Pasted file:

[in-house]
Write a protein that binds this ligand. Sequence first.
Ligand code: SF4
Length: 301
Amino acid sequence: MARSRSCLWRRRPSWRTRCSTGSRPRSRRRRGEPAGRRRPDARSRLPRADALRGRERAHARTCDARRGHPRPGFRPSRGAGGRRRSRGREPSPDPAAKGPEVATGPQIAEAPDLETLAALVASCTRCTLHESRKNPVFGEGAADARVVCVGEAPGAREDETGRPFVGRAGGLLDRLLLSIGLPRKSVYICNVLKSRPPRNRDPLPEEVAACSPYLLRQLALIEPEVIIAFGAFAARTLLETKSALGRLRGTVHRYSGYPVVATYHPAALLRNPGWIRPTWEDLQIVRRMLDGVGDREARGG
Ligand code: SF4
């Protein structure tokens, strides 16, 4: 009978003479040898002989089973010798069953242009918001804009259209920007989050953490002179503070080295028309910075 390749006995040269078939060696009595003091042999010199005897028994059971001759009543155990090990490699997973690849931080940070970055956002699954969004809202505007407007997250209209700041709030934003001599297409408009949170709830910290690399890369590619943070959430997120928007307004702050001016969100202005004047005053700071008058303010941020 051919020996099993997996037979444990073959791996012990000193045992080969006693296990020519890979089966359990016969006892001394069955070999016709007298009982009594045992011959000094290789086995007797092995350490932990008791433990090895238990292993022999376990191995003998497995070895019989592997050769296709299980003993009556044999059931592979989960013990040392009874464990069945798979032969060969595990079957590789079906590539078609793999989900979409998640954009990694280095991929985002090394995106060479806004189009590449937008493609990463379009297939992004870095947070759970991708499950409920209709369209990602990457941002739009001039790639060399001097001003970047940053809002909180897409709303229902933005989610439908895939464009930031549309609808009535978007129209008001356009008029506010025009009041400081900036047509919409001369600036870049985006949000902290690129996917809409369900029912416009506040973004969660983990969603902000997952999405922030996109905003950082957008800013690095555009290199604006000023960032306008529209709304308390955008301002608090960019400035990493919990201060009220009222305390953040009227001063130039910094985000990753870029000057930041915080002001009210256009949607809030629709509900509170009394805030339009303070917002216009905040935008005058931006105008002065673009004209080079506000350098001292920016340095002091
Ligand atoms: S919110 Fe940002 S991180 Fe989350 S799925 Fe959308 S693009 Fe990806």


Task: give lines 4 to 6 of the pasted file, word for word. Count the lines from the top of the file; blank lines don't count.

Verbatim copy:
Length: 301
Amino acid sequence: MARSRSCLWRRRPSWRTRCSTGSRPRSRRRRGEPAGRRRPDARSRLPRADALRGRERAHARTCDARRGHPRPGFRPSRGAGGRRRSRGREPSPDPAAKGPEVATGPQIAEAPDLETLAALVASCTRCTLHESRKNPVFGEGAADARVVCVGEAPGAREDETGRPFVGRAGGLLDRLLLSIGLPRKSVYICNVLKSRPPRNRDPLPEEVAACSPYLLRQLALIEPEVIIAFGAFAARTLLETKSALGRLRGTVHRYSGYPVVATYHPAALLRNPGWIRPTWEDLQIVRRMLDGVGDREARGG
Ligand code: SF4